Painkillers in sport: A 'career necessity' or a 'serious health risk'?

Former Great Britain decathlon Olympian Daniel Awde
Former Great Britain decathlon Olympian Daniel Awde said he "didn't think of the consequences" while taking painkillers to help him compete

Listen to 'Gain Without the Pain - Legal Drugs in Sport': File on Four, on BBC Radio 4, Tuesday 30 May, at 20:00 BST.

"Painkillers were my friend, my close lover at times, and at one point in my athletics career, they were just necessary."

Like many retired elite sportmen and women, former Great Britain decathlon Olympian Daniel Awde has spoken openly about a heavy reliance on painkillers.

But this is not just an issue at the top of sport - it affects amateur athletes too.

A poll for BBC's State of Sport week found that 60% of amateur athletes took over-the-counter anti-inflammatories like ibuprofen and naproxen to support their performance or recovery at least once a week.

Building on that research, File on Four spoke to a range of experts and sporting figures to ask whether the use of painkillers in sport has reached epidemic proportions.

The path to addiction

Former England rugby league captain Danny Sculthorpe

"They reckon every tackle in a rugby league match is like a 30mph car crash. So if you're in 50 car crashes on a Sunday, your body's going to be in bits for quite a number of days.

"I used to get up in the morning after and take some paracetamol, taking naproxen, just get some anti-inflammatories in you.

"A lot of them were pink and looked like Smarties so that's what they used to call them."

Sculthorpe said players would regularly take stronger painkillers like tramadol and after major surgery on a spinal injury, he began taking fentanyl, one of the strongest painkillers available.

"I was on these massive amounts for so long, I did get addicted to them," Sculthorpe said.

"A lot of players have been addicted to stuff, it just goes to show players aren't immune - in fact they're probably more likely to get addicted because they take them a lot more than other people".

Sporting Chance - a charity that helps athletes with issues including addiction - told the BBC that around 80 current and retired rugby league players have used their services every year since 2013 and a sizeable number of those are seeking help with painkiller addiction.

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The health risks

Dr Ajai Seth, Sports and Exercise Clinic, Queen Elizabeth Hospital, Birmingham

"If someone was over-training and relying on anti-inflammatories to a higher degree, you would have much more serious effects on bone healing, potential fractures, some not healing at all.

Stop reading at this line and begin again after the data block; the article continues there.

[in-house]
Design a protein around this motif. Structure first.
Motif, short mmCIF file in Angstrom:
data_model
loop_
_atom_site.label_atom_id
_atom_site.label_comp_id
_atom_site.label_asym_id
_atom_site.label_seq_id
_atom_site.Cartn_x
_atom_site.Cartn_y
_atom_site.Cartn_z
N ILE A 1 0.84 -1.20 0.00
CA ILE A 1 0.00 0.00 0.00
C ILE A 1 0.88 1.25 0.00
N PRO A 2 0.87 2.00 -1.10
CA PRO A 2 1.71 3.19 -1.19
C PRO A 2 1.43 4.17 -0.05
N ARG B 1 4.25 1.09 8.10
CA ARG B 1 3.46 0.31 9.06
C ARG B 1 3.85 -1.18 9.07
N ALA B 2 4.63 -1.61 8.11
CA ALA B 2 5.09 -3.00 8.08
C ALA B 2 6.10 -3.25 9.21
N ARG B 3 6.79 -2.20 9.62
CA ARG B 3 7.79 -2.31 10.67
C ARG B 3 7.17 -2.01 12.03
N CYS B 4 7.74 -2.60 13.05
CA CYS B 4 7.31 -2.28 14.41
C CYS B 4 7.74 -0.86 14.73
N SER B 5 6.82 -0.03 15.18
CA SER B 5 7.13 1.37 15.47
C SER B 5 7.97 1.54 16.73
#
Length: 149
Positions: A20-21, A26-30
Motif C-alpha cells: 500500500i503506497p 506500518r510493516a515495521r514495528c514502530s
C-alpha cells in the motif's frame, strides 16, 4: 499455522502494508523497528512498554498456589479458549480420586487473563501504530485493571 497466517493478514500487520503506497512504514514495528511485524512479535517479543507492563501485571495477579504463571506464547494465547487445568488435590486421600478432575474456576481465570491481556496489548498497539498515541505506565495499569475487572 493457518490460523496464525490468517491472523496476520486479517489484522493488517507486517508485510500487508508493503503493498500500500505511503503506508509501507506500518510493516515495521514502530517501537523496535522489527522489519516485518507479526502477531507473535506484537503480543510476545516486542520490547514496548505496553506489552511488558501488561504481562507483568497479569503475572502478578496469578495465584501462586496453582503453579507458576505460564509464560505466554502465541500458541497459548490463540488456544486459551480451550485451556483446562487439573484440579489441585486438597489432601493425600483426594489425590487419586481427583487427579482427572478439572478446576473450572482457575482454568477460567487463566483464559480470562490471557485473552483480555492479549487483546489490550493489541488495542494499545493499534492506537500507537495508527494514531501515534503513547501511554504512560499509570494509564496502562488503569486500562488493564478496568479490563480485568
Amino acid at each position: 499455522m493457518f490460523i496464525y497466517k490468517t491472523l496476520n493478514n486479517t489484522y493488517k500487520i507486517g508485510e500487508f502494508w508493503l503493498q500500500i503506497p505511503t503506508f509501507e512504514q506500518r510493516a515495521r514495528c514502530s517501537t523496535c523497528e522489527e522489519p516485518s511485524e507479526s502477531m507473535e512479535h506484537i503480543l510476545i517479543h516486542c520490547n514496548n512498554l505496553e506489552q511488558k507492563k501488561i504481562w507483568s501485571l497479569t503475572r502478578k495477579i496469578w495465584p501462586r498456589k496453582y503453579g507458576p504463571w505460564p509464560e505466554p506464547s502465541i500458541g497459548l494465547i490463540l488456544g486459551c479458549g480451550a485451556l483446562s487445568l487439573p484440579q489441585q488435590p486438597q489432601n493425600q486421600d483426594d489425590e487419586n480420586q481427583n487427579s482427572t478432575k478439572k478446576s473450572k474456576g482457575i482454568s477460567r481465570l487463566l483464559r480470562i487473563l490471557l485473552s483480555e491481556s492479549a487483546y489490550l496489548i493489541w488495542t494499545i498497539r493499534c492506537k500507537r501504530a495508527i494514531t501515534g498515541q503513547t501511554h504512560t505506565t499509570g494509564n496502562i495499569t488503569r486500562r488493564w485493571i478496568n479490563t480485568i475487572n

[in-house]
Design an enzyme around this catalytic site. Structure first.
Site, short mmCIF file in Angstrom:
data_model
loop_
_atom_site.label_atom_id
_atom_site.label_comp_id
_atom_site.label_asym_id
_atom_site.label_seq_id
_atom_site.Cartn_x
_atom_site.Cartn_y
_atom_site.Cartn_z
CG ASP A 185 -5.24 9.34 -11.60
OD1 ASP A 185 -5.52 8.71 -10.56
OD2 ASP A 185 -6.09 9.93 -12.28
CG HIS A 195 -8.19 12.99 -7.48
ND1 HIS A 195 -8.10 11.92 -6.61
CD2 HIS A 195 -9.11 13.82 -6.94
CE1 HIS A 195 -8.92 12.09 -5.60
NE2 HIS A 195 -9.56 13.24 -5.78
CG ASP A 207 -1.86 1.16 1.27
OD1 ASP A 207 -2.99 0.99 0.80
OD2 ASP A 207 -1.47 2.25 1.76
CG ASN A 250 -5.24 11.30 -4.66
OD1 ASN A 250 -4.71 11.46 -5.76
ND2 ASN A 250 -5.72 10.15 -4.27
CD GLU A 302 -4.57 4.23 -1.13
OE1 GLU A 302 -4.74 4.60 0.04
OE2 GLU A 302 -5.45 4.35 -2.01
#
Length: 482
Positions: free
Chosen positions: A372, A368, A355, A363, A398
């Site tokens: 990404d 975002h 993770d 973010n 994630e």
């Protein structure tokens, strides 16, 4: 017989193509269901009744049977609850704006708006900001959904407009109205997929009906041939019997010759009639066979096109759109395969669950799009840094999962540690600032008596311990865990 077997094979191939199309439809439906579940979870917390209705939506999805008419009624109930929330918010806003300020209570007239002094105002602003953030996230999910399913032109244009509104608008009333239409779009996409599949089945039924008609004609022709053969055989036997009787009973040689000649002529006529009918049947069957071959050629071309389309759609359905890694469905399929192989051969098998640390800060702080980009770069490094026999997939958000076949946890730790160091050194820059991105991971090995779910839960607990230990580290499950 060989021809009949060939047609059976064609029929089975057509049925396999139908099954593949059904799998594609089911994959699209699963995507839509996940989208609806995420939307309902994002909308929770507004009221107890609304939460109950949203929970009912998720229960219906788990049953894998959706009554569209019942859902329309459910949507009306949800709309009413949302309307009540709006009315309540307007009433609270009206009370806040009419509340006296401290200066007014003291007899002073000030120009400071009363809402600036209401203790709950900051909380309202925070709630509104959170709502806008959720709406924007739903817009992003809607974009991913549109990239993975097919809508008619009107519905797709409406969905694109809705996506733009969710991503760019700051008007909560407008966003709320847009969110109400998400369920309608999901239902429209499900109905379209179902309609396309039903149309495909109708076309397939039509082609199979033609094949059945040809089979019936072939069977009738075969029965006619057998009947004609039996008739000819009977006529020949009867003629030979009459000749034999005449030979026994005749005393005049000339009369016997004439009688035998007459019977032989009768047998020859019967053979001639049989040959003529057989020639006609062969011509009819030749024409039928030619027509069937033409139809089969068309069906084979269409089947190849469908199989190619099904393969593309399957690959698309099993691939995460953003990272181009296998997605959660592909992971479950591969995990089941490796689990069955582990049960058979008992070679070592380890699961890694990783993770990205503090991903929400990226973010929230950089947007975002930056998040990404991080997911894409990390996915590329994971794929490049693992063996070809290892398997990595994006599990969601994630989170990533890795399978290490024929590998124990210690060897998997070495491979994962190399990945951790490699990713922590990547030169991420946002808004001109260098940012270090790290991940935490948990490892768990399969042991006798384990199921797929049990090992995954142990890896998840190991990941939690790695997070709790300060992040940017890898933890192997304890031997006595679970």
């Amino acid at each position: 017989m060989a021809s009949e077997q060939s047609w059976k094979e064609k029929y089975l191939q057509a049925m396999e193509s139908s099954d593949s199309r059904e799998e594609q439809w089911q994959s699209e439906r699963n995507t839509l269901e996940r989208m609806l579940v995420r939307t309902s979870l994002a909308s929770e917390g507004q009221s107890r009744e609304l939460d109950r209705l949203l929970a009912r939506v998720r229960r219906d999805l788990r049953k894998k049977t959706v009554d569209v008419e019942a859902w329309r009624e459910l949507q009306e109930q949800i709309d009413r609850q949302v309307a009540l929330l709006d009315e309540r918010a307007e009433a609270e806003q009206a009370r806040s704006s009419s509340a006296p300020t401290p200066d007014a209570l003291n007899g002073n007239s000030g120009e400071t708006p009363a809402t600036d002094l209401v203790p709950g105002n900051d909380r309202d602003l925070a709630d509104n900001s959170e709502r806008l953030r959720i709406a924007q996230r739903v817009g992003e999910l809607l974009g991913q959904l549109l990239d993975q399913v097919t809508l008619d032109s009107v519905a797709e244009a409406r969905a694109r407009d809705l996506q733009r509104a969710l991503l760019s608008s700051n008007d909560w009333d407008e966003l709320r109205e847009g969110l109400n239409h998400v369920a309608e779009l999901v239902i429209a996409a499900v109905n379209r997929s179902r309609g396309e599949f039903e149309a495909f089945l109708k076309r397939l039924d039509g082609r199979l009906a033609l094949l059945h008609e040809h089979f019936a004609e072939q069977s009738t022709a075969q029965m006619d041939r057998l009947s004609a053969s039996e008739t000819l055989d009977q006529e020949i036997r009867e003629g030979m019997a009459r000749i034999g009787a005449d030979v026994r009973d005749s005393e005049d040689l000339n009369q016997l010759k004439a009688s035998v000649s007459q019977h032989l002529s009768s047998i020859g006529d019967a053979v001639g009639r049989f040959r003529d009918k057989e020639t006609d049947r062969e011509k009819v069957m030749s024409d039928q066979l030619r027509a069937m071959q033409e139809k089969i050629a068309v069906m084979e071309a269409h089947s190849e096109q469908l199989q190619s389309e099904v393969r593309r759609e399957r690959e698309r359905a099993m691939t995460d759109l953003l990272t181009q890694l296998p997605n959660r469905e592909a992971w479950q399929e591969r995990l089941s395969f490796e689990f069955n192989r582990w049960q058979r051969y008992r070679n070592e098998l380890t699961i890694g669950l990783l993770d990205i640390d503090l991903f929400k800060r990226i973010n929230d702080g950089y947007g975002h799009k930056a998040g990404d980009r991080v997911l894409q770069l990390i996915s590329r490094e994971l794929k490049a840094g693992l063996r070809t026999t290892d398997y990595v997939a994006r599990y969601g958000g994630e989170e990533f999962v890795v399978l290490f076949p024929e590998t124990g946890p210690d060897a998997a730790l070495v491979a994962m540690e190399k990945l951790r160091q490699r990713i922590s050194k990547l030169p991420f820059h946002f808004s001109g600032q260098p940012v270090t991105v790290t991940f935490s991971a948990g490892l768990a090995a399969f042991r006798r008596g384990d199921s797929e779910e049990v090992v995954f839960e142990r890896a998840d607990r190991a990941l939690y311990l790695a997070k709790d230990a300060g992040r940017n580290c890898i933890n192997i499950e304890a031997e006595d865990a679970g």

"And if that was to happen, it may end someone's running career completely, it may even affect their quality of life massively.

"You can go from being a high-level athlete to being completely incapacitated by an injury in a relatively short period of time if you rely on anti-inflammatories."

On longer term health effects, Dr Seth added: "That's something that can happen over years and decades, but there is increased risk of cardiac health issues, kidney failure, and worsening respiratory conditions."

How widespread is painkiller use?

Former England rugby captain and Leicester and Bath flanker Lewis Moody

"In a sport like rugby you never play 100% fit. I remember being on a bus and it was a competition to see how many [anti-inflammatories] you could take, which is ridiculous.

"We were advised there was always a certain limit on the number that you could take but when you play a game for long enough, your access to pills and drugs all the time is vast. So boys can build up quite a supply if they want to."

Moody developed ulcerative colitis - where ulcers develop in the bowel - during his career and believes his use of painkillers contributed to that.

Awde, who retired in 2012, openly admits to having used a cocktail of painkillers during this career.

"Within the athletics community I think it was a running joke that a lot of athletes were having ibuprofen for breakfast, lunch and dinner," he told the BBC. "You know everyone seemed to have it everywhere. It became sort of part and parcel of it all.

Awde recalls taking "about 13 or 14" tablets in a day while competing with a knee injury and attempting to qualify for the London 2012 Olympic Games.

"I didn't think of the consequences…if there were any consequences."

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What can be done?

Professor Nicola Maffulli, a top sports injury specialist

Professor Maffulli told File on Four that while clubs might see a player as an "asset", a doctor's duty of care is to protect the patient - but that in practice this is not always the case.

"Obviously things have changed and now with the emphasis on sport as a way of showing off how good one is, or how good a nation is - sport has become for winning.

"Unfortunately, this winning ethos can translate in the adoption of practices which are at times less than ethical.

"Let's say that you're a top athlete, that you've been training for eight years to go to the Olympics and you only have this last hurdle before a gold medal, which will change your life, and you're only asked to perform for 30 seconds. What would you do?"

Moody says athletes will always take legal painkillers to try to play through pain and that medical staff should take "the responsibility away from the player".

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What the authorities said

The Rugby Football League told File on Four it has a "strong record" of supporting current and former players and an education programme on the risks "associated with prescription painkillers".

World Rugby, which governs rugby union, said: "Player welfare is the number one priority and we operate an evidence-based approach to injury education, prevention and management."

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